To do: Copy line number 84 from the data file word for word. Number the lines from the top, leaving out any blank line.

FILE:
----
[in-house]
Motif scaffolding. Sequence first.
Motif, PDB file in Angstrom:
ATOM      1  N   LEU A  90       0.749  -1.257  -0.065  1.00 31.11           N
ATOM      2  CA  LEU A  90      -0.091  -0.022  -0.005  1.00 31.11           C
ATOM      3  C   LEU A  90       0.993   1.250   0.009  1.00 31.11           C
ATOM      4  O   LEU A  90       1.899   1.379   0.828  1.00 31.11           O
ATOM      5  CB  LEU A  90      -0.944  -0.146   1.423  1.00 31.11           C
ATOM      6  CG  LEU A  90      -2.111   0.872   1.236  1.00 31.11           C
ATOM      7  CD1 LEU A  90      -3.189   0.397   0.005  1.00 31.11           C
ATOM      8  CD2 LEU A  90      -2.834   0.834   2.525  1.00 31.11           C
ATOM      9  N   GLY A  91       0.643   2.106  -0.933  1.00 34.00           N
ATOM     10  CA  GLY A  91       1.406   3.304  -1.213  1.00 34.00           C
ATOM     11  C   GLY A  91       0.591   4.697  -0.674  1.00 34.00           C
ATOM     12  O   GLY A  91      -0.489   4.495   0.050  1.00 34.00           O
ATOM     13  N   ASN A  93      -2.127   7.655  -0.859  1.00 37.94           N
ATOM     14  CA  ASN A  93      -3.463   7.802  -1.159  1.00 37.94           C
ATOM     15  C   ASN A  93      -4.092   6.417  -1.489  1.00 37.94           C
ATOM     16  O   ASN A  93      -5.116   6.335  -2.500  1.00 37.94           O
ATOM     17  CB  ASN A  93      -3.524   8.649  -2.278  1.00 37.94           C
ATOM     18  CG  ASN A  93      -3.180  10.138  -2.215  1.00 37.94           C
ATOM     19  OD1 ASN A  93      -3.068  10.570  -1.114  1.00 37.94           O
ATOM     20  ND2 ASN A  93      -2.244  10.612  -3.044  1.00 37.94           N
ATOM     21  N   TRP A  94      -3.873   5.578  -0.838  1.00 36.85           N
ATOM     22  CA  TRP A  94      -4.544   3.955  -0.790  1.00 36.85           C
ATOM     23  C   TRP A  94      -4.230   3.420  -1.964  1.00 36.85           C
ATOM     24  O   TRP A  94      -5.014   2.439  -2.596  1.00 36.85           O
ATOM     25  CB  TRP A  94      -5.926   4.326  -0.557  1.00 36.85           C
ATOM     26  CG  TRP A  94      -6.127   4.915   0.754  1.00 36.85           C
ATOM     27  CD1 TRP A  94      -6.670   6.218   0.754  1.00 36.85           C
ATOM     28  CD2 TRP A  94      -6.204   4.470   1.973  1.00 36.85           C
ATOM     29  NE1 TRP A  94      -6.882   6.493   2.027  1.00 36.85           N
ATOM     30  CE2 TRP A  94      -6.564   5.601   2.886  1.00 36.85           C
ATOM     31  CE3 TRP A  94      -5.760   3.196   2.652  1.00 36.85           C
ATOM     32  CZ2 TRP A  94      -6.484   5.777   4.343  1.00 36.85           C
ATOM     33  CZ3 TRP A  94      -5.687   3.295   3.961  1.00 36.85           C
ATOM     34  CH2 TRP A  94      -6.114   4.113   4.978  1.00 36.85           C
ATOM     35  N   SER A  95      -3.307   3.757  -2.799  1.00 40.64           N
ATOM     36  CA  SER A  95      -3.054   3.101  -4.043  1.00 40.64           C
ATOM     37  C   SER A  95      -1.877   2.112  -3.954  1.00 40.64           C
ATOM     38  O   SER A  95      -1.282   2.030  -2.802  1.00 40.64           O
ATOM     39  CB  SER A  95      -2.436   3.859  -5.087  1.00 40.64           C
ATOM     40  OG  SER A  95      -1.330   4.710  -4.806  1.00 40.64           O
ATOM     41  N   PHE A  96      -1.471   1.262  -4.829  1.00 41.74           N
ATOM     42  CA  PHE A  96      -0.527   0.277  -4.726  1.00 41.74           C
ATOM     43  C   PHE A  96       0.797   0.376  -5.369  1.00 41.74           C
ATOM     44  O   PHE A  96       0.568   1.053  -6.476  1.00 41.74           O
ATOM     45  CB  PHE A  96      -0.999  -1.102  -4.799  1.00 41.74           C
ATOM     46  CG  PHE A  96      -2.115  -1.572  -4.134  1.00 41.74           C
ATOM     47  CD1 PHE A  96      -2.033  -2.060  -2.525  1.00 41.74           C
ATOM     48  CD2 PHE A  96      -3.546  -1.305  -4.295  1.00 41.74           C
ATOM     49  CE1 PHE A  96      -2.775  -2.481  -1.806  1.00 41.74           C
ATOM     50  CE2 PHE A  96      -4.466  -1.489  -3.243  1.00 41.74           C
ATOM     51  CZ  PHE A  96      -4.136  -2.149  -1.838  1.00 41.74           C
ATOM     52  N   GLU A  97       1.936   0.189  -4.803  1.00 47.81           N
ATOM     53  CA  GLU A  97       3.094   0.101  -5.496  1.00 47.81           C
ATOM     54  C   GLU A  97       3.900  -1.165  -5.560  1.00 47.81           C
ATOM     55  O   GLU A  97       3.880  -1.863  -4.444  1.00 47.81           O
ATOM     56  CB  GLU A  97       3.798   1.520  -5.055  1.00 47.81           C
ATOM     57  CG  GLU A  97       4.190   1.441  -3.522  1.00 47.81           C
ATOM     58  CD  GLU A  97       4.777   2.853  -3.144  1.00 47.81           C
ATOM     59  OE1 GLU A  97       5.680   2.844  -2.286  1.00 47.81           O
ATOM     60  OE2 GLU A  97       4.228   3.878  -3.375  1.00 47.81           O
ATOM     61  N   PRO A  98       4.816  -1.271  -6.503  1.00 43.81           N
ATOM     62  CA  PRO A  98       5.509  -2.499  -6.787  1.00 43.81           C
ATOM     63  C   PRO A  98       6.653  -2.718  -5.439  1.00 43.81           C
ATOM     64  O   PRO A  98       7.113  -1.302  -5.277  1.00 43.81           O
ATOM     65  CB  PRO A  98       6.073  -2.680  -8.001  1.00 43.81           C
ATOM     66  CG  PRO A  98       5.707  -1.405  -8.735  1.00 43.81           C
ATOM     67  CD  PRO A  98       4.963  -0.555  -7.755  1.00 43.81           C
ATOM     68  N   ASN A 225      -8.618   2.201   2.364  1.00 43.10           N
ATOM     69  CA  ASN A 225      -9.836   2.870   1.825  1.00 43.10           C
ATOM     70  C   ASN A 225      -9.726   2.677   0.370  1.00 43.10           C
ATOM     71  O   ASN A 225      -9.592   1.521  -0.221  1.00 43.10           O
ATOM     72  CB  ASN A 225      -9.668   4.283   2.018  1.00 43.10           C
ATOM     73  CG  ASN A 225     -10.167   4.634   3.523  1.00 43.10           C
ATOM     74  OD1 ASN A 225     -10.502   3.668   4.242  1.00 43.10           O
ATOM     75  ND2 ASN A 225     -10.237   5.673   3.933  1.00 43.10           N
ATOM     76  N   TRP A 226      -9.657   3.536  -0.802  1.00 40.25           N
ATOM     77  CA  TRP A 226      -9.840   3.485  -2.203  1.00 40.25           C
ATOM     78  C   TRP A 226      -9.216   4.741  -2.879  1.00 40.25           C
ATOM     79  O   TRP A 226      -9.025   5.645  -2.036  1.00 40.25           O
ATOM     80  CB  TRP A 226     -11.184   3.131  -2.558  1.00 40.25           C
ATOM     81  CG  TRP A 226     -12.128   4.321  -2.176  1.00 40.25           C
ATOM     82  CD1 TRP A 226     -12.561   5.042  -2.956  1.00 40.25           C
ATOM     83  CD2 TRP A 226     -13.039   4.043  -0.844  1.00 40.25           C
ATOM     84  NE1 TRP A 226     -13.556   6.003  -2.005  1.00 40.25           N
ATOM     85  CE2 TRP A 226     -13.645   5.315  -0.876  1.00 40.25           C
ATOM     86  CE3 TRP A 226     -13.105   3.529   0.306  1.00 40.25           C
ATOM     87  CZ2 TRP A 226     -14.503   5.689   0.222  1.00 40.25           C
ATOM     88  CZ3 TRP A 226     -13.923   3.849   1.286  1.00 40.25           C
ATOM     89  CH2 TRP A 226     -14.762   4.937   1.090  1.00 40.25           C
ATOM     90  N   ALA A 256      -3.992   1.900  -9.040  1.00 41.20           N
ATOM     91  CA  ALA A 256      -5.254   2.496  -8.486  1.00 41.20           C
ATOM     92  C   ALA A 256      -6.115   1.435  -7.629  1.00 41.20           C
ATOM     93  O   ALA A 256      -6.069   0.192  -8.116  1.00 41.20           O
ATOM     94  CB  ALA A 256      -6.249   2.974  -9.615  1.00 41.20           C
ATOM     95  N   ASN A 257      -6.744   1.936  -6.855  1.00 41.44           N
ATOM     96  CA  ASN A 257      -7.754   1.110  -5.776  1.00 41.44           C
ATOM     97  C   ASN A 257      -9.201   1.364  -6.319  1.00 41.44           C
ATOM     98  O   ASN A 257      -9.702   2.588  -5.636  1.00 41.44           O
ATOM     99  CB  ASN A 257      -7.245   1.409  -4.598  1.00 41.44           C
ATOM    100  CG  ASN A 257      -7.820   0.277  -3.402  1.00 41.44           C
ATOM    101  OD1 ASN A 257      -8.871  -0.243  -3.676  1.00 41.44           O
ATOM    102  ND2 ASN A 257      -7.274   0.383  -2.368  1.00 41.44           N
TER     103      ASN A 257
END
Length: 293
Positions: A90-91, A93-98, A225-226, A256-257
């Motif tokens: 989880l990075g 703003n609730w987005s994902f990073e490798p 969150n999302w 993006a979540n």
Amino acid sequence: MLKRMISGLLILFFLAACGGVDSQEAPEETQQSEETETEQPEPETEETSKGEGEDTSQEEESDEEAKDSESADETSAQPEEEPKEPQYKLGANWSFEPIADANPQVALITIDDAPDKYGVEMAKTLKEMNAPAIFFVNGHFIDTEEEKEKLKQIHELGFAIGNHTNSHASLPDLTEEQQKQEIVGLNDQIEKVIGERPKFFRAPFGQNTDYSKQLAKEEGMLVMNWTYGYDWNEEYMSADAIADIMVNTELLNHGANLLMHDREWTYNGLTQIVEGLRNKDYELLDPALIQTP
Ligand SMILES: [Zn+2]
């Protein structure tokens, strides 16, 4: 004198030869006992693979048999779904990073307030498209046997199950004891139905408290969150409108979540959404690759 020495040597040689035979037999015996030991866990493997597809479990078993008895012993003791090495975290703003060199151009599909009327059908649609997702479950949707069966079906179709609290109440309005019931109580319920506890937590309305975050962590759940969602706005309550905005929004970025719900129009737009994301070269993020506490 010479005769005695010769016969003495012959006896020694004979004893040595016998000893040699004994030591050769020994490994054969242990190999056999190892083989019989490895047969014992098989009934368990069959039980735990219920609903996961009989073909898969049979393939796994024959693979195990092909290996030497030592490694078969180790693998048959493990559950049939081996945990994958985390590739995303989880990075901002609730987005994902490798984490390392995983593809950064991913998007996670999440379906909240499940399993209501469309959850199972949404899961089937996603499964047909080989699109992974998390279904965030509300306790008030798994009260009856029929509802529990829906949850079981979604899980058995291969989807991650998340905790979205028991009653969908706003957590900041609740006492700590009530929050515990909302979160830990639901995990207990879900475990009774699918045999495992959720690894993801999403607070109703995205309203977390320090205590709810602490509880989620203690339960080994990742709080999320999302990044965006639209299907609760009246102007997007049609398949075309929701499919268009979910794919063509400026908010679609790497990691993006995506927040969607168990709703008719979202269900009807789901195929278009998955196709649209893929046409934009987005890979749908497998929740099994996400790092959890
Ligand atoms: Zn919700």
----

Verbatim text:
ATOM     81  CG  TRP A 226     -12.128   4.321  -2.176  1.00 40.25           C